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BTK investigator is honored once again

  • The Wichita Eagle
  • Published Wednesday, March 14, 2007, at 8:24 a.m.
  • Updated Tuesday, March 27, 2012, at 4:43 p.m.

It's turning out to be a year of awards for the man who led the successful BTK serial murder investigation over the past year.

Wichita police Lt. Ken Landwehr, who last week was named Officer of the Year by the Wichita Police Department, on Wednesday night was named Criminal Justice Professional of the Year by the Wichita Crime Commission.

The recognition came during the group's annual awards dinner at the Hilton Wichita Airport.

Landwehr thanked all the law enforcement agencies and officers who assisted on the case. "I can't tell you how much work they did," he said.

"I get a lot of credit for everybody else's work."

Landwehr, the longtime head of the homicide unit, oversaw the investigation that led to the arrest and conviction of Dennis Rader this year. Rader murdered 10 people in and around Wichita from 1974 to 1991.

Landwehr led an interagency task force that arrested Rader in February in Park City.

Over the years, Landwehr had become the police department's expert on the case. He first started investigating it in 1984.

In presenting the award, the crime commission said: "He always handled every detail professionally."

During the investigation, Landwehr was the one investigator designated to communicate with the killer.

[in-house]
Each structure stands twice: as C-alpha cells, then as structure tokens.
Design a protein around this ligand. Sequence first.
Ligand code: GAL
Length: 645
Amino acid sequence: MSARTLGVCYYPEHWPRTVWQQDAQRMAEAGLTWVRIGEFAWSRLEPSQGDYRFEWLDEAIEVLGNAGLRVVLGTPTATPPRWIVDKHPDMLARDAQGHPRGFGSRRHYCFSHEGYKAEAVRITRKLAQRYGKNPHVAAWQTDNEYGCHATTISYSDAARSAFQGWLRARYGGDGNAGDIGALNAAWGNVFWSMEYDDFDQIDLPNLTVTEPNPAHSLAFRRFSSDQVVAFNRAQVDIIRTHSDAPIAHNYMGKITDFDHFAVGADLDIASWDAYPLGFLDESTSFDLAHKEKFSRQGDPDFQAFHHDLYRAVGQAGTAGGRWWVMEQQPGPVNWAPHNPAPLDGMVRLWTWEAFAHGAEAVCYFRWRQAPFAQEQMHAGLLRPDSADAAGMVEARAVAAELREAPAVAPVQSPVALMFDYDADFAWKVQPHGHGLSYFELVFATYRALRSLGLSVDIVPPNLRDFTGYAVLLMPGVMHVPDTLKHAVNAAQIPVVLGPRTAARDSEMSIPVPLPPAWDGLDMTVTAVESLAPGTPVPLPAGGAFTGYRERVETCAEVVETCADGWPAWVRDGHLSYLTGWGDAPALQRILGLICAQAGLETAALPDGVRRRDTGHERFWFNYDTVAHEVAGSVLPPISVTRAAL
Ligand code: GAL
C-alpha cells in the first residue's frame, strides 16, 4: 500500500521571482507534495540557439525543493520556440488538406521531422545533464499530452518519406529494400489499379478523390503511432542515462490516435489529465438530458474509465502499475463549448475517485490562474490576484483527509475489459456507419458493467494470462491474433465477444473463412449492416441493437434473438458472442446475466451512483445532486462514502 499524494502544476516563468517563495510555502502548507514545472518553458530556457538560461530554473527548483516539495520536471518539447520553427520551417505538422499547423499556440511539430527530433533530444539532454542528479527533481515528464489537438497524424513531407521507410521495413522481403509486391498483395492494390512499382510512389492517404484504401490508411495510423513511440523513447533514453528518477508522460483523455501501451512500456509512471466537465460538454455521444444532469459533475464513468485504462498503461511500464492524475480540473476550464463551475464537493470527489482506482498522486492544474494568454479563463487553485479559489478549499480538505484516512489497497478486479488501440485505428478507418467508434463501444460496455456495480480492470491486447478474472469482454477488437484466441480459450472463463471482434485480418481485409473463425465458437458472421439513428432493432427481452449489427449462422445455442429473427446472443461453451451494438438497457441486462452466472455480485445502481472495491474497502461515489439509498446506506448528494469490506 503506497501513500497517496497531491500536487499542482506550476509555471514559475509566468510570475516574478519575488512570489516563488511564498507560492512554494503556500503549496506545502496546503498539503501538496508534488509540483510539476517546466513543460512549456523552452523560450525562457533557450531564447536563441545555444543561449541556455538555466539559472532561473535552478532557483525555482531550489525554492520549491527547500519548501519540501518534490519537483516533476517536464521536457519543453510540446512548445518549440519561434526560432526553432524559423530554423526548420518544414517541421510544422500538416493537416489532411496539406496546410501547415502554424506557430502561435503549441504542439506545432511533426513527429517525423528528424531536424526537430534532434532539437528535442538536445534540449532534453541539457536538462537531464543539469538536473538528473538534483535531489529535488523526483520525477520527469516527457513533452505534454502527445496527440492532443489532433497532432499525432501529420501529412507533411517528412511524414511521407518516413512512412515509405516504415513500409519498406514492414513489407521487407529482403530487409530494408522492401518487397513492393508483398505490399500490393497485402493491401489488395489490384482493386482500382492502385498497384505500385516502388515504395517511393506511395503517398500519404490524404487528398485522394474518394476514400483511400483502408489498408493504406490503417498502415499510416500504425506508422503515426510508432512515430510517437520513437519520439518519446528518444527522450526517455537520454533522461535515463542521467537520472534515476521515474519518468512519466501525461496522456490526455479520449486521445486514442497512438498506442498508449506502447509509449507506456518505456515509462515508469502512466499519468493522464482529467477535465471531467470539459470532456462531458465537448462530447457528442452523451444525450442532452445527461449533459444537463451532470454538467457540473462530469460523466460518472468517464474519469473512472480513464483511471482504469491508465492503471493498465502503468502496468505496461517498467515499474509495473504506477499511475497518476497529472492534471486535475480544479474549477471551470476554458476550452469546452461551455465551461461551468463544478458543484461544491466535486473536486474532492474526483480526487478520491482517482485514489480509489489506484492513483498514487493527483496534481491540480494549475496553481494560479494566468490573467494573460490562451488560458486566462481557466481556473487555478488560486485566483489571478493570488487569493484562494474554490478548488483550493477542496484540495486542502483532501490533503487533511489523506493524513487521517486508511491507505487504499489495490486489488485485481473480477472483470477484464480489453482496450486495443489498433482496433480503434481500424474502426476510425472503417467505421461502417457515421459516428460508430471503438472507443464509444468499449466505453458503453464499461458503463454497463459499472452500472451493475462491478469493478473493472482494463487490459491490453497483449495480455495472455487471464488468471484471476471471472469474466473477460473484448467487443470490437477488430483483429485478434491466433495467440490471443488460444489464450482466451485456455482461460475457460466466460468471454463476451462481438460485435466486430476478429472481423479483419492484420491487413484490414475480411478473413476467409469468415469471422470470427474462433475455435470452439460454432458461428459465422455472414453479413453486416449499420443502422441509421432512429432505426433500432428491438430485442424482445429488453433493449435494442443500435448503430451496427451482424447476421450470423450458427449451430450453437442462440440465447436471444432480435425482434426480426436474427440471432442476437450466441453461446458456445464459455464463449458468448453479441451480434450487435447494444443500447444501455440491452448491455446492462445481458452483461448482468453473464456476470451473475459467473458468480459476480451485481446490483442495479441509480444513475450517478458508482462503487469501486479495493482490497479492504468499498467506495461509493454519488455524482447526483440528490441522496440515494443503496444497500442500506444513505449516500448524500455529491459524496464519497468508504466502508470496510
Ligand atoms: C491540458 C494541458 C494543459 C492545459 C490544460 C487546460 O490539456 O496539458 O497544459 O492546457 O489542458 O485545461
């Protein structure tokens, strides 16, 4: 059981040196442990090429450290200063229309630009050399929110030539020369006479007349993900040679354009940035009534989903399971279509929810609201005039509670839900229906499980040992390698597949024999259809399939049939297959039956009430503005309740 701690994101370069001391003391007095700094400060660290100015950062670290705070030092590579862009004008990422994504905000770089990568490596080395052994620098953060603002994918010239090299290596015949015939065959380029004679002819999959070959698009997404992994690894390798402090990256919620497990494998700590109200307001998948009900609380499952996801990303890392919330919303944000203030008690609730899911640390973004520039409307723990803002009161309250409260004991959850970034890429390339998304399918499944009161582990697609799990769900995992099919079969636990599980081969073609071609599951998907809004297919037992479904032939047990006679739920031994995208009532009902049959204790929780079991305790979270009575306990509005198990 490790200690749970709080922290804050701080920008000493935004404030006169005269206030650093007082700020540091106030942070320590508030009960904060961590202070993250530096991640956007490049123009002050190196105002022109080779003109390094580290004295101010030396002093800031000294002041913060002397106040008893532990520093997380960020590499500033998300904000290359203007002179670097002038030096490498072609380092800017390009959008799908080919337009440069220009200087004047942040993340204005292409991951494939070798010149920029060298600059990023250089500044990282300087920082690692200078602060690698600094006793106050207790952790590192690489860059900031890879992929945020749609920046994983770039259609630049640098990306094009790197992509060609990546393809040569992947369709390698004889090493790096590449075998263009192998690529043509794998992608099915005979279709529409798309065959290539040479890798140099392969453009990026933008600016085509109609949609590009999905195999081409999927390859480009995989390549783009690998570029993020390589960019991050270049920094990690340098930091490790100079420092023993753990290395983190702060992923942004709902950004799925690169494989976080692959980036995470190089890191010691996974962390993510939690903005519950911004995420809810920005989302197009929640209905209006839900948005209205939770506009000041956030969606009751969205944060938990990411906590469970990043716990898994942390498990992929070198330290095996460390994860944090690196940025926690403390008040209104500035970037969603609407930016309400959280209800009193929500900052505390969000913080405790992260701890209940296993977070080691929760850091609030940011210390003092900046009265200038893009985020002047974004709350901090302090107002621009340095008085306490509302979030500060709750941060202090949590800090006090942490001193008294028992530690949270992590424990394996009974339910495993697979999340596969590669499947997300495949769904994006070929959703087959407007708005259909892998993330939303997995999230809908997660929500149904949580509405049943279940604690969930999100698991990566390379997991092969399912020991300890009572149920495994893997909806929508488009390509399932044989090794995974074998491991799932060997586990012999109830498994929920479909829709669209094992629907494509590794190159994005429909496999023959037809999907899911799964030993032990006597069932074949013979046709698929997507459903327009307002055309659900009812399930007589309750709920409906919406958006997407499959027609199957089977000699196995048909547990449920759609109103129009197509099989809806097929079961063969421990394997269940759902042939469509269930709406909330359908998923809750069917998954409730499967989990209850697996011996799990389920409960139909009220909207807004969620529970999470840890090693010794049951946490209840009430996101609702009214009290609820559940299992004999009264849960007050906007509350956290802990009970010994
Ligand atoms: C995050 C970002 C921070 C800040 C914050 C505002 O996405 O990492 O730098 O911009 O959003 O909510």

When BTK sent taunting letters, it was Landwehr who went before cameras and read messages designed to keep the killer communicating in the hope the killer would make a mistake. The strategy worked.

The Crime Commission also presented awards to:

• Karen Raines, who supervises police school programs for Wichita public schools. She has led safety and crime prevention efforts for students, parents, police and school personnel. She was named the Willard Garvey Citizen Crime Prevention Activist.

• Sedgwick County sheriff's Deputy Shea Carpenter. She has led a number of community policing efforts. She received the Willard Garvey Law Enforcement Officer Crime Prevention Excellence Award.

• Cole Manes, a Eureka High School sophomore. On Aug 7 near Goddard, the 15-year-old rescued his 7-year-old sister from a vicious attack by two pit bulls. He received the sheriff's Silver Medal of Valor.

• Sedgwick County sheriff's Deputy Jonathan Gill. In the past nine months, his initiative led to the arrests of a number of suspects, the recovery of stolen property and the seizure of drug contraband. He was named Law Enforcement Officer of the Year.

• David Haglund, vice chairman of Wichita/Sedgwick County Crime Stoppers and a longtime commission member. He received the Twelve Apostles of Justice Award.

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